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Funded by the BBC and Creative England, The Levelling was made a part of the iFeatures scheme – helping first-time directors make low budget feature length films -and at the Glasgow Film Festival competed for the Audience Awards.
Set after the impact of the 2014 Somerset Floods, veterinary student Clover (Game of Thrones’ Ellie Kendrick) returns to her family farm after her brother Harry’s suicide. Upon her return she has to help prepare for Harry’s funeral, face the animosity of her father, Aubrey (David Troughton) and deal with the fact that the farm is on the brink of ruin.
The Levelling partly appealed to me because it was set and filmed in an area near to where I grew up. At the end of the film, writer/director Hope Dickson Leach stated she choose the setting because the imagery had a post-apocalyptic feel to it and made a great backdrop to the drama about a family who are unable to communicate.
Dickson Leach certainly wants to set herself in the mold of other British female directors like Andrea Arnold and Lynne Ramsey: all three made debut films about the theme of grief and were unflinching with their approaches. The difference in The Levelling is its rural setting which is often overlooked for the more acute poverty in inner cities. The Levelling shows the aftermath of the floods on a farm that had inadequate insurance, forcing a man out of his home to a live in a small temporary building and being on the edge of bankruptcy. Its hard, physical work – made worse because the family and farm workers are dealing with their grief. Although Dickson Leach was based in Scotland and has her MFA from Columbia University, she does show an understanding of issues affecting rural communities – like TB affecting cattle and the controversial issue of badger culling, plus the devastation of flooding and how that can cause people to lose their homes and insurance not paying out for any damage. Rural life may look idyllic, but reality can be much less romantic.
However, Dickson Leach also inherits some of the worst traits of Arnold and Ramsey as well as their strengths. Dickson Leach had a habit to cut to footage of animals swimming in the flood waters – particularly of a hare. These moments were similar to scenes in Ramsey’s first film Ratcatcher, where one boy ties his pet mouse to a balloon and lets it float away. These were attempts to be meaningful and subjective, but really were directional self-indulgence. It’s even worse in The Levelling because it was a smaller scale story in a grounded setting.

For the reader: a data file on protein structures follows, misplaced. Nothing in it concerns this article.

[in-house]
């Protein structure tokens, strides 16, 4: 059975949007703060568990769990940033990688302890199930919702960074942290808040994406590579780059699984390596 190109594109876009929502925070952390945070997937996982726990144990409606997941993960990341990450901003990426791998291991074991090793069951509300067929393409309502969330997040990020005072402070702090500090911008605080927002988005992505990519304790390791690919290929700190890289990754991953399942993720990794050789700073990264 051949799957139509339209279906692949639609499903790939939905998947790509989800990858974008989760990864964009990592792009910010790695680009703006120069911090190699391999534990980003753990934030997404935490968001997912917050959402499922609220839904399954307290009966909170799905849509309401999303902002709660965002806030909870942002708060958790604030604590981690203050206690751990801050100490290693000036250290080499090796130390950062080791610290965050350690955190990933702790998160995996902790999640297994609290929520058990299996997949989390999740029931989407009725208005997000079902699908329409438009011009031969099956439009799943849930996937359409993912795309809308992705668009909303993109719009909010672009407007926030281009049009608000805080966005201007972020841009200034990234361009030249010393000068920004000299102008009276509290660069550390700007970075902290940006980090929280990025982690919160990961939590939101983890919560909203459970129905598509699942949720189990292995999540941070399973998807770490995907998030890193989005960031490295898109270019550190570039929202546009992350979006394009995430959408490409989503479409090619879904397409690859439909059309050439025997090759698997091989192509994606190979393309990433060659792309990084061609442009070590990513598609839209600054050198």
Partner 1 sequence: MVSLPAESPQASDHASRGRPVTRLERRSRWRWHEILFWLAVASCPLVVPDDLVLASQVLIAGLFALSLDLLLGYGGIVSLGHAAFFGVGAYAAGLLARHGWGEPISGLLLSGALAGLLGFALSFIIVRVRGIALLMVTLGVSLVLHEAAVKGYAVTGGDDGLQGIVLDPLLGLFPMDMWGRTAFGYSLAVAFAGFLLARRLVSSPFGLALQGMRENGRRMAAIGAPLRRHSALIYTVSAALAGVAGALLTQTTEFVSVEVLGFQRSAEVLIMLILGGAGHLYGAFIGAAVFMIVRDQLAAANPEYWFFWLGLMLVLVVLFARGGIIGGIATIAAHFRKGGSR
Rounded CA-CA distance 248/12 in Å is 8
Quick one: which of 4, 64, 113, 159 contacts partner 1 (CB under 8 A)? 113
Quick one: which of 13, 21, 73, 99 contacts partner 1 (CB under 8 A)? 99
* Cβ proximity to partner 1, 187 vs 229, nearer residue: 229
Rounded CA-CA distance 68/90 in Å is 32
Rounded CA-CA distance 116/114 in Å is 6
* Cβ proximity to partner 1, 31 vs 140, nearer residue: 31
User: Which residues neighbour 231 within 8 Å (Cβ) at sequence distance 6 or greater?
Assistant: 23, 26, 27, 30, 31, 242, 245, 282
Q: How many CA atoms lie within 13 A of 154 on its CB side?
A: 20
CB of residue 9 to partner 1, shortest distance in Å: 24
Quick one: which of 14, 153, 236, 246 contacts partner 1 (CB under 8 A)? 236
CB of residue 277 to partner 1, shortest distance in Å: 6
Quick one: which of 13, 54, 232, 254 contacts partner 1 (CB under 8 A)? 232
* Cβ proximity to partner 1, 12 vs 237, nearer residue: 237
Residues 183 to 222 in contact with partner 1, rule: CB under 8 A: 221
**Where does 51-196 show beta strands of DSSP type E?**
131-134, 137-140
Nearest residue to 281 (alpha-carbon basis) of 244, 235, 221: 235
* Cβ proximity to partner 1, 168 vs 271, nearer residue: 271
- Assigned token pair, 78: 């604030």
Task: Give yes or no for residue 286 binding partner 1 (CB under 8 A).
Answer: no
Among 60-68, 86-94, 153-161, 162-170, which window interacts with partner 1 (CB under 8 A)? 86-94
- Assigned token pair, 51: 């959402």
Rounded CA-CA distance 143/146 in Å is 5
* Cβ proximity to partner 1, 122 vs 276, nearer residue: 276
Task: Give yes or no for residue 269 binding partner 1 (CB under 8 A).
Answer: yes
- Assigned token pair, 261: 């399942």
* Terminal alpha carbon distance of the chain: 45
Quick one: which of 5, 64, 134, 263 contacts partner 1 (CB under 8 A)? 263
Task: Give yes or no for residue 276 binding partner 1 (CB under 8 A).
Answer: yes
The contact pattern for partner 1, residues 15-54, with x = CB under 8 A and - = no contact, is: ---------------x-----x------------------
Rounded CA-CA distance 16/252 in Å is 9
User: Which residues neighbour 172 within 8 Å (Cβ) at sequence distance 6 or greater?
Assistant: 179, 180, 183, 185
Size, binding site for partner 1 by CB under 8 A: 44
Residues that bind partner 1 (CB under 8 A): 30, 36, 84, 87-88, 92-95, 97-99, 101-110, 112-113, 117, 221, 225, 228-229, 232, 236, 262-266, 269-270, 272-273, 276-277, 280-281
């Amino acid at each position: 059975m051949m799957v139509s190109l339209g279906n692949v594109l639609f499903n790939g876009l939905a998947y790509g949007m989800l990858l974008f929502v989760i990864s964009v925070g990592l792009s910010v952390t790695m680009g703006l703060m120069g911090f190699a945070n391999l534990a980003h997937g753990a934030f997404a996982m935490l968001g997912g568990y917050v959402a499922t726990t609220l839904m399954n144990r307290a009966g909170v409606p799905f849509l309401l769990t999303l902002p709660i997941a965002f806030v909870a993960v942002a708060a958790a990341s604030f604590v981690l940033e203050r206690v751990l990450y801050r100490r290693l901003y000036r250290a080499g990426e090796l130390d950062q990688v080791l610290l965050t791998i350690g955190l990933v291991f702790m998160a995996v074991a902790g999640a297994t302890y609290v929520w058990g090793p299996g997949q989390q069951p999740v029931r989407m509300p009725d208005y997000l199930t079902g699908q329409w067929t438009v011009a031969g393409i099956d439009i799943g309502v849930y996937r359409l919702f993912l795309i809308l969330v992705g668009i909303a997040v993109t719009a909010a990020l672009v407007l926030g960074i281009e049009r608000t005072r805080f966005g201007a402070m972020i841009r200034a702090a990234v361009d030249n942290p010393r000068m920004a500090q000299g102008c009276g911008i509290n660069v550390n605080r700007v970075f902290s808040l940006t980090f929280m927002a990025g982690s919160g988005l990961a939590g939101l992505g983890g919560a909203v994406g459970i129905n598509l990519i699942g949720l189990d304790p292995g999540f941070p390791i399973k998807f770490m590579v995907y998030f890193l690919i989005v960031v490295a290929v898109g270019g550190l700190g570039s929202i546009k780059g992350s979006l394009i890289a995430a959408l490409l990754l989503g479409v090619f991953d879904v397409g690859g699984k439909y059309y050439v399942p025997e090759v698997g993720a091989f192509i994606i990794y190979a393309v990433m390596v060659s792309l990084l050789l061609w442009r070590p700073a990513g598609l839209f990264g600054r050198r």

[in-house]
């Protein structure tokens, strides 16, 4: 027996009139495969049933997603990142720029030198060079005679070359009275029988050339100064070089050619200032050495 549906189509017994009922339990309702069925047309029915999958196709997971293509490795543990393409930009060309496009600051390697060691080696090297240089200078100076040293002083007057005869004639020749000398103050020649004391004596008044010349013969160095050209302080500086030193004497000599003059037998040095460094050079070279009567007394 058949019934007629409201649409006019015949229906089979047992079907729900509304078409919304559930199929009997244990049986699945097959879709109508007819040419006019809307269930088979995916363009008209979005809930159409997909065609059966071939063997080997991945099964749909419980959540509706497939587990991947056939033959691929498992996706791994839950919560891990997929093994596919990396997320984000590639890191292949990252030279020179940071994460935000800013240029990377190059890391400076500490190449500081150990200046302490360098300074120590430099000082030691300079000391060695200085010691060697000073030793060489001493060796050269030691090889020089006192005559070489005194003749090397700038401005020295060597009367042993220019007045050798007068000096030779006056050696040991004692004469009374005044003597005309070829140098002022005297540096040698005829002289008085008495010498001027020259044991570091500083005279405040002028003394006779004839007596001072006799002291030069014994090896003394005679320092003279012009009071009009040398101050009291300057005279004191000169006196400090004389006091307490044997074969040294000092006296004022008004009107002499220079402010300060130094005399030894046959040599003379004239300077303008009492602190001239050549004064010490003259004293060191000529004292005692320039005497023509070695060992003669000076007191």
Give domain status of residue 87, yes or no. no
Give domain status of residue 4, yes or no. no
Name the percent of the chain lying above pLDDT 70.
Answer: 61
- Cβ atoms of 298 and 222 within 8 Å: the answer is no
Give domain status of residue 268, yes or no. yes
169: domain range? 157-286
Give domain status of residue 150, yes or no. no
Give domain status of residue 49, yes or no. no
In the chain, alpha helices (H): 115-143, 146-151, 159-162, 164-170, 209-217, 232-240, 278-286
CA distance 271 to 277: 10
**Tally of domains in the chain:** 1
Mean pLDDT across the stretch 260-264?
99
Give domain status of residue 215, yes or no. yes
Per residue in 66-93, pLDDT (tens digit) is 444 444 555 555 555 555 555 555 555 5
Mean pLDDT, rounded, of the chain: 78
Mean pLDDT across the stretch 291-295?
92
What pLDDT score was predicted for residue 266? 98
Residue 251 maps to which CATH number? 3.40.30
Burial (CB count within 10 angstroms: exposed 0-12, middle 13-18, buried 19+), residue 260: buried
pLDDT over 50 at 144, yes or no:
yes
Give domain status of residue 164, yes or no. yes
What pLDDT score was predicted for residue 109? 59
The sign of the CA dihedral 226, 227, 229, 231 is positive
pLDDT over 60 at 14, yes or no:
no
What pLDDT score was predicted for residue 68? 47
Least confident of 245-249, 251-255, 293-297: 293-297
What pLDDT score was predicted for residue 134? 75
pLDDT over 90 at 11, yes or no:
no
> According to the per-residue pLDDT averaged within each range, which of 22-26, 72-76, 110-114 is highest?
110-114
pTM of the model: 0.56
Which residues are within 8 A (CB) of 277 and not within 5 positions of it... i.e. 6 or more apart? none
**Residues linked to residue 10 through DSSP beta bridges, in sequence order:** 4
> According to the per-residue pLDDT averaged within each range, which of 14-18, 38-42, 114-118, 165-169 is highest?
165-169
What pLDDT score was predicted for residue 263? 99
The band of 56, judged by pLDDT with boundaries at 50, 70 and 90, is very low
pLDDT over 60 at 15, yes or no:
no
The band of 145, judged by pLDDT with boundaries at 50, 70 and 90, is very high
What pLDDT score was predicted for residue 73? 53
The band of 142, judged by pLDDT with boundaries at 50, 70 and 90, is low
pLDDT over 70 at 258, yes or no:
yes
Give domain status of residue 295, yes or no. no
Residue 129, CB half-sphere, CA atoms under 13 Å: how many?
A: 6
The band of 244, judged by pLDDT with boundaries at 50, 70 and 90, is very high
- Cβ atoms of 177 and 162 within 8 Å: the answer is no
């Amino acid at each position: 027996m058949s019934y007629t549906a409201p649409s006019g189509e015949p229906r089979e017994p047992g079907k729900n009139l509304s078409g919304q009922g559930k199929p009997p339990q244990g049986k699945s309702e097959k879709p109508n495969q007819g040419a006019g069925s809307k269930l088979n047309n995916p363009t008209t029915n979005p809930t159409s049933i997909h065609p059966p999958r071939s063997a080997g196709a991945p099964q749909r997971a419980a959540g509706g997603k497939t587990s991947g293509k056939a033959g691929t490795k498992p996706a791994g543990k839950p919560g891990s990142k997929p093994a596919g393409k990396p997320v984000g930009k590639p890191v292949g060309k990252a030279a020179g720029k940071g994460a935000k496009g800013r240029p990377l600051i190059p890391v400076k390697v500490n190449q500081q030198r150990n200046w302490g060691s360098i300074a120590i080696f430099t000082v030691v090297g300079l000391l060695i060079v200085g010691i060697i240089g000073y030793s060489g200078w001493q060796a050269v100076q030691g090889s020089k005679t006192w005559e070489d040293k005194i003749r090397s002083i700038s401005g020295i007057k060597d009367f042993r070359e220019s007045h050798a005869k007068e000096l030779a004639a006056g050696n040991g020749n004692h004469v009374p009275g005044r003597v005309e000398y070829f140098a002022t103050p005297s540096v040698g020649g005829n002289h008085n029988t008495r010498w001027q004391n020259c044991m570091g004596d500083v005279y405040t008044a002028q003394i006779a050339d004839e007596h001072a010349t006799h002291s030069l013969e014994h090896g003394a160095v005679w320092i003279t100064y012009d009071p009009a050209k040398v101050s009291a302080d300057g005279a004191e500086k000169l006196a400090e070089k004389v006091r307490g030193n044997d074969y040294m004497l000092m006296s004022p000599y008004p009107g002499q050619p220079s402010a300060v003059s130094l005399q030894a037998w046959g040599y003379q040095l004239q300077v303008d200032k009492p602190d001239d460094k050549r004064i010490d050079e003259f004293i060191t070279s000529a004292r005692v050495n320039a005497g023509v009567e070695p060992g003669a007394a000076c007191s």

The Levelling is at its best expressing quiet moments. This was achieved through Kendrick’s performance and Dickson Leach’s direction as Clover explores her old home. The old cliché ‘a picture is worth a thousand words’ is true for The Levelling -like when Clover goes into the room where her brother shot himself and the walls are covered in his blood. Dickson Leach described that Kendrick got into character by creating a backstory and memories and her performance reflected this – with her small looks and facial expressions. When Clover has to handle the guns that her brother used to kill himself there is a literal and metaphoric weight to them. The actor/directing pairing have continued a working relationship because Dickson Leach has directed a short film that was co-written by Kendrick.
Troughton was also impressive as Clover’s father – a man who is overly hard on his daughter snapping at her as she works on the farm, and as she tries to question Aubrey about Harry’s suicide he shuts her down. The bitterness is palpable between the pair. There are the occasional moments of warmth like when the two have dinner with one of the farm workers, yet even when the father and daughter do attempt to bond they have differing accounts of the same event like when Clover was at boarding school. Aubrey is a hard man with an old-fashioned view that men should suppress their feelings and deal with their own issues by themselves, and combined with his distant relationship with Clover, it makes The Levelling a story about people trying to comprehend their emotions.
The Levelling has a high, electronic score which gave the movie a haunting quality. It was impactful when showing flashbacks to the party and showing the desolate flat landscape of the Somerset Levels and seeing the wildlife carry on as the family disintegrates.
Dickson Leach shows a lot of promise as a filmmaker, making a small personal story with a wide visual scope: a great example of what a director’s first film should be. She gets the best out of her actors although she does succumb to the odd moment of art-house pretension.